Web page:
Land surveying is a combination of mathematics, law, history, design, and construction. Surveyors complete detailed measurements, maps, and reports for homeowners, builders, engineers, architects, real estate agents, and mortgage brokers.
A property surveyor wears many hats, which allows them to assist residential and commercial property owners in various ways. You might need a land surveyor to help guide your new construction, create topographic maps, and prevent land encroachment issues.
Land Surveys Can Identify Property Lines and Dimensions
Land surveyors measure acreage, establish property corners, and determine plot lines. These types of surveys are called boundary surveys because they outline a property’s boundaries and corners.
All of this information is useful to landowners who need to know where their property starts and ends. In addition, many ordinances require up-to-date boundary surveys when property owners add structures (like fences) to their estate.
In New York, property owners must hire a licensed land surveyor before performing any construction.
Boundary Surveys Prevent Property Disputes
When you are unsure of property lines, property encroachment can occur. Encroachment is when a person protrudes a piece of land that they do not own.
Encroachment is a violation of property rights and can lead to a civil lawsuit. By hiring a land surveyor, you can avoid encroachment and other property disputes.
Surveyors perform off-site research and on-site fieldwork to ensure their reports match the legal definition in the deed. A finalized boundary survey is a legal document and may be used as evidence in a legal dispute.
Purchasing or Selling a Plot of Land
Why do you need land surveys in real estate? Surveys provide interested buyers with updated property plans. A survey is an asset a seller can use to:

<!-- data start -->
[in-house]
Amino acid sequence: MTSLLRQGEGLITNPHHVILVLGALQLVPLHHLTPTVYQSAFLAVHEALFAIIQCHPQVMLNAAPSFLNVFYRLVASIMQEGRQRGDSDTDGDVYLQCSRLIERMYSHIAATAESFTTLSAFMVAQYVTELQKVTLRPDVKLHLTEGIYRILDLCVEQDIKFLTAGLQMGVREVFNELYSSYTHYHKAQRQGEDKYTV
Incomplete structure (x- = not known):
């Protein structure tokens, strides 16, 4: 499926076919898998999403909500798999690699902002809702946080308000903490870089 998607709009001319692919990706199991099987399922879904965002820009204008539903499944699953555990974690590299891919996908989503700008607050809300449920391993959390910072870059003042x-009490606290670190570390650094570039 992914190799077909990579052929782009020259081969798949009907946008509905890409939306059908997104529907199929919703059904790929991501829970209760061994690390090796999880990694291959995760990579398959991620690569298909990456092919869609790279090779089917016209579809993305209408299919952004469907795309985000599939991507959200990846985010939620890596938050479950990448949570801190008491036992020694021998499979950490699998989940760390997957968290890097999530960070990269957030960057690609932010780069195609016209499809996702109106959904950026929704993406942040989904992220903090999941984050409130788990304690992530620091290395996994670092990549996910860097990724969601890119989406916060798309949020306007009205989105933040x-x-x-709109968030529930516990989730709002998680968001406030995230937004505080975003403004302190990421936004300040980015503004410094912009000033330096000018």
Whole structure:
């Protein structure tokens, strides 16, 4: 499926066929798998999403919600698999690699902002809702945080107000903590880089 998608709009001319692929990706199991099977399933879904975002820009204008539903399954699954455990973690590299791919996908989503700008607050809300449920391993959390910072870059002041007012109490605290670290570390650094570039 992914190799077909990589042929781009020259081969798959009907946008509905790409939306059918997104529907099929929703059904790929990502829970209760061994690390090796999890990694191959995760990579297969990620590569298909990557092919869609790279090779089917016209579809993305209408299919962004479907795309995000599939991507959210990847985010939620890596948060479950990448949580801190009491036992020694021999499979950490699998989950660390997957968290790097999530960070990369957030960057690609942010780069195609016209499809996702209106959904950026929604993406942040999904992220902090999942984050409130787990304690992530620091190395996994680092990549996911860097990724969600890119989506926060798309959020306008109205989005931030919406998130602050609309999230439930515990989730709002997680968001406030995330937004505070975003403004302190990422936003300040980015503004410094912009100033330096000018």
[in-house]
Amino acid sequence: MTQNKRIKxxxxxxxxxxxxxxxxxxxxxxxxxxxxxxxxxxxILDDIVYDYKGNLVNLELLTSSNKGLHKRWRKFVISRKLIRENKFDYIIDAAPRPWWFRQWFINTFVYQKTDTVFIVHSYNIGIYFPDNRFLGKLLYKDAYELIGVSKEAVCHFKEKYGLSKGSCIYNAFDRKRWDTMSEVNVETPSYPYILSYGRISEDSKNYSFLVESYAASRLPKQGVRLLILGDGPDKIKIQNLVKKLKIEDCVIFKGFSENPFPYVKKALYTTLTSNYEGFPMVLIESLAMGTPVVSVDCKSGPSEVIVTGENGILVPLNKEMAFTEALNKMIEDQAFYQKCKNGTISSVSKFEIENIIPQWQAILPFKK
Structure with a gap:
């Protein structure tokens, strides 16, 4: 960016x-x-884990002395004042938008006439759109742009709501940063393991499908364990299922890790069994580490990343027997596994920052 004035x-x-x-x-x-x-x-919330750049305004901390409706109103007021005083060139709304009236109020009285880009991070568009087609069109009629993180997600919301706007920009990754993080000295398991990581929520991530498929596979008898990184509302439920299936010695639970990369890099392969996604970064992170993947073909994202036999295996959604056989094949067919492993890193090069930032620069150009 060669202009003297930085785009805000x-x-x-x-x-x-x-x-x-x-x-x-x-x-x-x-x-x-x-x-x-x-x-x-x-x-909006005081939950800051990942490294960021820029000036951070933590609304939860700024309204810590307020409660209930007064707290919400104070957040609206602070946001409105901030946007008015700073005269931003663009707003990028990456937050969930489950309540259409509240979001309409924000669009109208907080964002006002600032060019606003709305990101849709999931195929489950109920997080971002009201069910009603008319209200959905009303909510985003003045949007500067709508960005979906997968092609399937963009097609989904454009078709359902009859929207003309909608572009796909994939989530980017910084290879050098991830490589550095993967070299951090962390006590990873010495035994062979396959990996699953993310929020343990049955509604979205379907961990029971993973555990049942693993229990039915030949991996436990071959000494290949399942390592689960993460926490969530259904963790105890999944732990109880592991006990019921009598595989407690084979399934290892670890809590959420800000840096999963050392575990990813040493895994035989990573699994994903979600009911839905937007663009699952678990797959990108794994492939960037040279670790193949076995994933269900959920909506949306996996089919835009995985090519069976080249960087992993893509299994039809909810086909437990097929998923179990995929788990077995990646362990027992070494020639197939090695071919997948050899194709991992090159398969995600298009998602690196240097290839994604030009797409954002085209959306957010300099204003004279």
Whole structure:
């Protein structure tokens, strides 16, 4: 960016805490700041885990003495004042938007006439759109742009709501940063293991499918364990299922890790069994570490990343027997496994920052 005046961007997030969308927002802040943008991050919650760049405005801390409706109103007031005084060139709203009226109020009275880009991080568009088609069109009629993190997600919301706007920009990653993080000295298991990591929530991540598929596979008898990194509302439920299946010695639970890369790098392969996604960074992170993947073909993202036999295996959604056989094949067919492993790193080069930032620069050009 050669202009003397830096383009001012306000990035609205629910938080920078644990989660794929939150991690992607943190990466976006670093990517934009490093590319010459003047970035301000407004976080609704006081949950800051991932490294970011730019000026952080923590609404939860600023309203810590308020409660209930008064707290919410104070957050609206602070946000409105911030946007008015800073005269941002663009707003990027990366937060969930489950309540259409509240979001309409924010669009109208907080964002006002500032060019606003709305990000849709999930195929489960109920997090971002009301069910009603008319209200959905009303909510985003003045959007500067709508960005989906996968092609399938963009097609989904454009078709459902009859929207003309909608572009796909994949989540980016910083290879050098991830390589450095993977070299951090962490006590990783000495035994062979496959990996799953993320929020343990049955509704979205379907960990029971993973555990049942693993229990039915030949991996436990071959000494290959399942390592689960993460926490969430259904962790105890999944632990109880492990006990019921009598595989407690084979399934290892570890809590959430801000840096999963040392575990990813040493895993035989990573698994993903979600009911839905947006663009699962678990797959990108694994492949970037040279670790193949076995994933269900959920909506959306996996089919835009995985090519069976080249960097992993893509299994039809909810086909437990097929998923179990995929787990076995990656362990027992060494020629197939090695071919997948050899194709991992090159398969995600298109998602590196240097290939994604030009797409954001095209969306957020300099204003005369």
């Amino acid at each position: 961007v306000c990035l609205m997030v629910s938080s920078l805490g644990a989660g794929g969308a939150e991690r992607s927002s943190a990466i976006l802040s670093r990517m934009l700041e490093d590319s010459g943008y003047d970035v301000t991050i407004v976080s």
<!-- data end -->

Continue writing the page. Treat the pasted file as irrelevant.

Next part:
- Verify the plot’s size to demonstrate property value
- Avoid a dispute over inaccurate property description
- Give the buyer more confidence in their purchase
Depending on your state, property surveys may not be optional. When selling or buying a home, land survey information is part of the due diligence process, and, therefore, required at a real estate closing. For example, the state of New York legally requires people to provide land surveys when buying a new home.
Land Title Surveys for Mortgage Lenders
You will need a land survey if you are applying for or refinancing a mortgage. You will also need one if you intend to change the ownership of a commercial property.
These scenarios require an ALTA land title survey. A land title company or mortgage lender may require the survey information as part of due diligence. ALTA surveys can include:
- Boundary lines
- Ancillary building locations
- Structural improvements
- Square footage
- Building height (for commercial properties)
The surveys outline property details to allow agencies to analyze risk and prevent unforeseen property issues (like encroachment). In addition, the surveys alert agencies to any mathematical discrepancies, unexpected easements, and zoning issues surrounding the property.
Land Surveys for Making Permanent Property Upgrades